Al-Taqwa College in Victoria is now under investigation by the state's education regulator after claims emerged that principal Omar Hallak had banned schoolgirls from running out of fear that it could affect their virginity and fertility.
Al-Taqwa College in Victoria is now under investigation by the state's education regulator after claims emerged that principal Omar Hallak had banned schoolgirls from running out of fear that it could affect their virginity and fertility.

Islamic College bans running to save girls virginity: claims

SCHOOLGIRLS at an Islamic college are being told they are not allowed to take part in running at sporting events, with teachers claiming the principal believes it could cost them their virginity.

The bizarre allegations against Al-Taqwa College in Victoria are now being investigated by the state's education regulator.

The claims have also been sent up the chain to state and federal education ministers.

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The newest accusations published in The Age follow earlier claims that principal Omar Hallak had told students that Islamic State was a plot devised by Western countries.

According to a letter published in the paper, a former teacher said the principal "believes that there is scientific evidence to indicate that if girls injure themselves, such as break their leg while playing soccer, it could render them infertile".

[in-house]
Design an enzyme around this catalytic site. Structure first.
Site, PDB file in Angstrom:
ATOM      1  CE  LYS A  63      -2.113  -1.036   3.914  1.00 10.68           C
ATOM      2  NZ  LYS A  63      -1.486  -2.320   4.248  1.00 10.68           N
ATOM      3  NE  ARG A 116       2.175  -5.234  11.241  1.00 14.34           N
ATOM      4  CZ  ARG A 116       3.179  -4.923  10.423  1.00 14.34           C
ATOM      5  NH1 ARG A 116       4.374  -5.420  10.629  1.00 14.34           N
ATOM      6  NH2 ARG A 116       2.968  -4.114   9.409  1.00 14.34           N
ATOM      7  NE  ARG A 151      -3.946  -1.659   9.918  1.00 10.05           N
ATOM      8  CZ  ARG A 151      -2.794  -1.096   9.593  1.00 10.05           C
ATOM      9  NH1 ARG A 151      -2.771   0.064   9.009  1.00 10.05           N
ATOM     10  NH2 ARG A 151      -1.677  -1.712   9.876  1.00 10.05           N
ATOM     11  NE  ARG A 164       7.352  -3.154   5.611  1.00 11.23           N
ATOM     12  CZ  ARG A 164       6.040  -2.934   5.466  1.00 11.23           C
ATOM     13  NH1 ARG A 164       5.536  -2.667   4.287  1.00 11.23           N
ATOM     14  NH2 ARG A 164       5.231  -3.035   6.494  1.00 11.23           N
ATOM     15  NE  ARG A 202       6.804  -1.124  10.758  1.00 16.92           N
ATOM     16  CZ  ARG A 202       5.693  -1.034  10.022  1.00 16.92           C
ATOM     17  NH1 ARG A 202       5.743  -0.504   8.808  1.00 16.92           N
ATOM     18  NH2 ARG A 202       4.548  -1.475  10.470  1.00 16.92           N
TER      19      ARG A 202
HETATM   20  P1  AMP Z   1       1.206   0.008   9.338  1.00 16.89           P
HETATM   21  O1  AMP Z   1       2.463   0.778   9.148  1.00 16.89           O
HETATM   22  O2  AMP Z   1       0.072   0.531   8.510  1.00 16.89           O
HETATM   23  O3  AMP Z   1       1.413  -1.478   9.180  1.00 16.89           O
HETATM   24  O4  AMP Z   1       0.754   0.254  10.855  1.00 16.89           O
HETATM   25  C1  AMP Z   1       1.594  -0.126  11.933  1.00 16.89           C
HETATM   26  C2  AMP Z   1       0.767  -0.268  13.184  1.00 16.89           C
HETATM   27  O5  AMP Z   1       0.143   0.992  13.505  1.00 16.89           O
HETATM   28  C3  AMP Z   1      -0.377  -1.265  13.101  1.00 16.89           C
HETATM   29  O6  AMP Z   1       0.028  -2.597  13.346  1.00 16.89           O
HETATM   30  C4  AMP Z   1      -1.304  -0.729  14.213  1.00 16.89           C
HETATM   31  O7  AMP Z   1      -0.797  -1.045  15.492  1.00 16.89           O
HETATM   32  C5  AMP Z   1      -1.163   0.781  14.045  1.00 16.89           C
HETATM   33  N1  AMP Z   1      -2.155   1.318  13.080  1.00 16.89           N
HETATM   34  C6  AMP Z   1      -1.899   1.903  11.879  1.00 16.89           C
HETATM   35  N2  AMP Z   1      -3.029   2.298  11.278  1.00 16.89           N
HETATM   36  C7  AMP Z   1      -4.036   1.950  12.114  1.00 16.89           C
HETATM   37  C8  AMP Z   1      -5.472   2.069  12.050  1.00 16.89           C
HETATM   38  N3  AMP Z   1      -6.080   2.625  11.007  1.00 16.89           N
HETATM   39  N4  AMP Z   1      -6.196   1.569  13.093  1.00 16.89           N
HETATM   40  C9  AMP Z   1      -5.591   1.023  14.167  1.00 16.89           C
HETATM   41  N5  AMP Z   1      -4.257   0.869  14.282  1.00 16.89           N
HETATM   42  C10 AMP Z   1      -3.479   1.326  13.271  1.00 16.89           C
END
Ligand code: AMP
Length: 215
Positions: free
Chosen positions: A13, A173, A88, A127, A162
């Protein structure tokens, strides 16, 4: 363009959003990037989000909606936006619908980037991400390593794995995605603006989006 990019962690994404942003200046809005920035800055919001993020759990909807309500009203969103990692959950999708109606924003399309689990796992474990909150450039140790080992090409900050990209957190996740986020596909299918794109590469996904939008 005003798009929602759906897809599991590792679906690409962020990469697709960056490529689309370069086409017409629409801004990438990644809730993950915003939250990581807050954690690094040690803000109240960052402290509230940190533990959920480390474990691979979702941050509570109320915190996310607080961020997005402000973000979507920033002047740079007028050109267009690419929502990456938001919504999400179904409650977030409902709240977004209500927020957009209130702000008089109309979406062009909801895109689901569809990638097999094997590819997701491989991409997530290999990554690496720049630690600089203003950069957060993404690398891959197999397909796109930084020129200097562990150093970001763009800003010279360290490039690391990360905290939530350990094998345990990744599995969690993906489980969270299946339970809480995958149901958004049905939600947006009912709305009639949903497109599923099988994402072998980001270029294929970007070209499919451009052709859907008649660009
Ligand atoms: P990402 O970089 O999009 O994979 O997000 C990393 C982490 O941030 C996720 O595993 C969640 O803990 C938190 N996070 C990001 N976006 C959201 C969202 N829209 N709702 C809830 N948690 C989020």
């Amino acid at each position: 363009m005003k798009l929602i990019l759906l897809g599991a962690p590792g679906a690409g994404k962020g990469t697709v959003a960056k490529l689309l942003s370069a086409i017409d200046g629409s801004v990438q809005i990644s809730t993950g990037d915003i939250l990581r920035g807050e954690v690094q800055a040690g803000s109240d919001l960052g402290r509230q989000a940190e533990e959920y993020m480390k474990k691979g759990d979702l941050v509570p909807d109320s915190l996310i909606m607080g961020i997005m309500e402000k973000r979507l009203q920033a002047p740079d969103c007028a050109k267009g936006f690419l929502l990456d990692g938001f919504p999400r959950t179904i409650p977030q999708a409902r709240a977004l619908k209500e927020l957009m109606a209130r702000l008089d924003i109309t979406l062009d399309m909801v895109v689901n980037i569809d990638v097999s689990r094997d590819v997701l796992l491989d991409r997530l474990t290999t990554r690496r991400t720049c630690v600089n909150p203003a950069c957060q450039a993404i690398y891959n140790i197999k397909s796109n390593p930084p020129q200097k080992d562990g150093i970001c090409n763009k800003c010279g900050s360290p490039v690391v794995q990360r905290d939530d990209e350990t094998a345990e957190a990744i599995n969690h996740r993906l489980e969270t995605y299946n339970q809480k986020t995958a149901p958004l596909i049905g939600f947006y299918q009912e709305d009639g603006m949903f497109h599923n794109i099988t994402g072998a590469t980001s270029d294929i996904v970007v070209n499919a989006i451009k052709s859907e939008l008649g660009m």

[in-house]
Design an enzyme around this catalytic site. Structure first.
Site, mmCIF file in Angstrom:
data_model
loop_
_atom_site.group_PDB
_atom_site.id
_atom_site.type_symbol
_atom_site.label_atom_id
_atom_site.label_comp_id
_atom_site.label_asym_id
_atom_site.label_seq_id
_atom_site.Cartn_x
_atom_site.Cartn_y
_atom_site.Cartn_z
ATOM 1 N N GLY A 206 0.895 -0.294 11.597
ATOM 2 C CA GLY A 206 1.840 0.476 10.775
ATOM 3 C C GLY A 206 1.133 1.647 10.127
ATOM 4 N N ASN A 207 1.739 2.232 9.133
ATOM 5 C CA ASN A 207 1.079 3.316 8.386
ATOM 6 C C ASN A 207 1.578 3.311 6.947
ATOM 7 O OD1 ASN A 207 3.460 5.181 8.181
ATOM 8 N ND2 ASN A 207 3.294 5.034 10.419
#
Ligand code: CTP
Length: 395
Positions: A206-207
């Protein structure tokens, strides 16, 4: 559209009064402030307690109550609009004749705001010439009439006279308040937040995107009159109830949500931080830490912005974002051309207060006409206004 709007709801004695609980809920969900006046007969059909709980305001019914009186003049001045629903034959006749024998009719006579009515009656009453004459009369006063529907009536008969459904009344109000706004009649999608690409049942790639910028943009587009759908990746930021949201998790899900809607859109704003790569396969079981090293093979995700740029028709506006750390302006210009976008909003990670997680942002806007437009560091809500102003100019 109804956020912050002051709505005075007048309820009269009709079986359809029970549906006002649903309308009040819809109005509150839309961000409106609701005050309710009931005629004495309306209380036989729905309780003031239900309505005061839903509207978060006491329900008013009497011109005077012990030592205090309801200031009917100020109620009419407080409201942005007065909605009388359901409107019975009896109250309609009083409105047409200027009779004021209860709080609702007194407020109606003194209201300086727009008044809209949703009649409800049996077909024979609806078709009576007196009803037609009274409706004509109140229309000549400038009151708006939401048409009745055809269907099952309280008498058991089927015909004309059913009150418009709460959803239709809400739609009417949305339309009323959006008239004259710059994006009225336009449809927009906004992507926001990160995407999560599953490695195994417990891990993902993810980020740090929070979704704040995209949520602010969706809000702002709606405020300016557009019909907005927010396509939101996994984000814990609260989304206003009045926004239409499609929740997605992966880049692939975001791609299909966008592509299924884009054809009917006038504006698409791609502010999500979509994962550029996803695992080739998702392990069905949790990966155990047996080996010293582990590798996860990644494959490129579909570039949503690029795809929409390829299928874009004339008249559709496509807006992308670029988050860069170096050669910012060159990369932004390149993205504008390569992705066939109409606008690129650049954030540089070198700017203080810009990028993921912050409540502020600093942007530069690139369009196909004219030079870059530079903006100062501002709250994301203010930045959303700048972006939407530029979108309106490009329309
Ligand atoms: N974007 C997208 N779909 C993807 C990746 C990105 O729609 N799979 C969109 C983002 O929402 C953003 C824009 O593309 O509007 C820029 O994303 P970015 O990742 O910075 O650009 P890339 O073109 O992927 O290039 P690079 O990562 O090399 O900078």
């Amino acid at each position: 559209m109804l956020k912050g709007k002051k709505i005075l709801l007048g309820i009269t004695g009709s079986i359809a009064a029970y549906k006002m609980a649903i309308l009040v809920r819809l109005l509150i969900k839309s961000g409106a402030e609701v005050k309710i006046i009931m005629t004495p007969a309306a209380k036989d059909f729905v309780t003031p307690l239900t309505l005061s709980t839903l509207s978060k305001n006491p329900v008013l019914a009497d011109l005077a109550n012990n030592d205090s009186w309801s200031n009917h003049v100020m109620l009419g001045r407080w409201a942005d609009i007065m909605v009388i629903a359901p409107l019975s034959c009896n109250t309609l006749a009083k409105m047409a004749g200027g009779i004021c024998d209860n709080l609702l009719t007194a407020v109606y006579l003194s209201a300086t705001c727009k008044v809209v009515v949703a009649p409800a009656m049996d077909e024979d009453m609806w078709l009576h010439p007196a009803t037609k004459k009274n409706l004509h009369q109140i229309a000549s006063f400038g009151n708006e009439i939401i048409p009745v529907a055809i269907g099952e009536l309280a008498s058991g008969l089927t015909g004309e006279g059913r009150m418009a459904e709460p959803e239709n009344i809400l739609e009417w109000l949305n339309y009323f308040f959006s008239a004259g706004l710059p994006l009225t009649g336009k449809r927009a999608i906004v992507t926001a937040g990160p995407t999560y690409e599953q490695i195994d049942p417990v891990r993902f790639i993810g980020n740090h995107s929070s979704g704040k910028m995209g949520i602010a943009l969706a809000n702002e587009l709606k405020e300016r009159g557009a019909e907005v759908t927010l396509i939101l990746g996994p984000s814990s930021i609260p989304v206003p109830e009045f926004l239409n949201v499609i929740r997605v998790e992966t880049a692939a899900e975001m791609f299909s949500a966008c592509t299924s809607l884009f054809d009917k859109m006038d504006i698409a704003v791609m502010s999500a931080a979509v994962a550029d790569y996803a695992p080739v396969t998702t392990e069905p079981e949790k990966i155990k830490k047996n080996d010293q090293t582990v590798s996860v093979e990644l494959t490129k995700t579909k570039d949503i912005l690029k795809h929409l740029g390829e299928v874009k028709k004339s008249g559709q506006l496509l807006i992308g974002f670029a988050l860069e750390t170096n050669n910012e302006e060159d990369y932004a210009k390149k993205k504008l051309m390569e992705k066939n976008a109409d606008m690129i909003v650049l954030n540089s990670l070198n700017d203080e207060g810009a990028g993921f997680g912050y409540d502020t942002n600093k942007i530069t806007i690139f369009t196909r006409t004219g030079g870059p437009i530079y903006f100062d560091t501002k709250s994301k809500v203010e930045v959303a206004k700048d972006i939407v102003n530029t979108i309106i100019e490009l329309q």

Mr Hallak was also accused of stopping the primary school's cross-country team from competing in 2013 and 2014 district events.

He intervened after learning the students intended to take part, according to the claim.

The teacher said, "I look back on my time at Al-Taqwa with frustration and anger, which is how I felt most of the time while I was working there.

"I did my best to stay committed to the students however in the end, I was unable to provide the same opportunities to students that I was given when I was at primary school, more than 20 years ago."

Education Minister James Merlino has told Melbourne radio station 3AW the allegations would be scrutinised.

"I don't want to pre-empt any action that may be true, because the first thing we need to do is determine if these reports are true," he said.

 



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